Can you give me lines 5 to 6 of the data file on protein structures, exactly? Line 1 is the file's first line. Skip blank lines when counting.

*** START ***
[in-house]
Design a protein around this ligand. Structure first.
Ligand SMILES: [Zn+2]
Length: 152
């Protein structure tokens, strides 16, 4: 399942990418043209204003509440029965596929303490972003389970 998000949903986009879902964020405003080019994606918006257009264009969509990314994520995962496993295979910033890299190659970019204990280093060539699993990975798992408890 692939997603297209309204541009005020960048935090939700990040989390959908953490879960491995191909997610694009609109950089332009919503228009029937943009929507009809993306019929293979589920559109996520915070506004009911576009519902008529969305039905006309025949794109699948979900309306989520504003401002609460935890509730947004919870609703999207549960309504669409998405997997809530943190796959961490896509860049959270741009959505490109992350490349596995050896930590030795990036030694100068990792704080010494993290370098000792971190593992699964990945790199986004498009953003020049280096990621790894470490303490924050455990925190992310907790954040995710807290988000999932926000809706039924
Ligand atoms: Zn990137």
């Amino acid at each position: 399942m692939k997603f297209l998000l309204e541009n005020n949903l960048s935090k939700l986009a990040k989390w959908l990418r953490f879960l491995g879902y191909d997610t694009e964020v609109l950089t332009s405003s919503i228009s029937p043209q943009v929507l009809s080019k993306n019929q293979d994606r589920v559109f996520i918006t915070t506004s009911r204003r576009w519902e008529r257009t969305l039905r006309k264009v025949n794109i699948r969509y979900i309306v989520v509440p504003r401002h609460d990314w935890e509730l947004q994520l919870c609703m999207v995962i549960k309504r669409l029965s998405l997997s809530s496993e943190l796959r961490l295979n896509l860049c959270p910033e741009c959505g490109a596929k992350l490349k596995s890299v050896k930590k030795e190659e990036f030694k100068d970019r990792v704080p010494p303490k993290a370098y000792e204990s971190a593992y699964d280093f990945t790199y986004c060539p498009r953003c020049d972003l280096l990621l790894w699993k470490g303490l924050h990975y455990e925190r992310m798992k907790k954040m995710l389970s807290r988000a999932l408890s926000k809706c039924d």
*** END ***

């Protein structure tokens, strides 16, 4: 399942990418043209204003509440029965596929303490972003389970 998000949903986009879902964020405003080019994606918006257009264009969509990314994520995962496993295979910033890299190659970019204990280093060539699993990975798992408890 692939997603297209309204541009005020960048935090939700990040989390959908953490879960491995191909997610694009609109950089332009919503228009029937943009929507009809993306019929293979589920559109996520915070506004009911576009519902008529969305039905006309025949794109699948979900309306989520504003401002609460935890509730947004919870609703999207549960309504669409998405997997809530943190796959961490896509860049959270741009959505490109992350490349596995050896930590030795990036030694100068990792704080010494993290370098000792971190593992699964990945790199986004498009953003020049280096990621790894470490303490924050455990925190992310907790954040995710807290988000999932926000809706039924
Ligand atoms: Zn990137």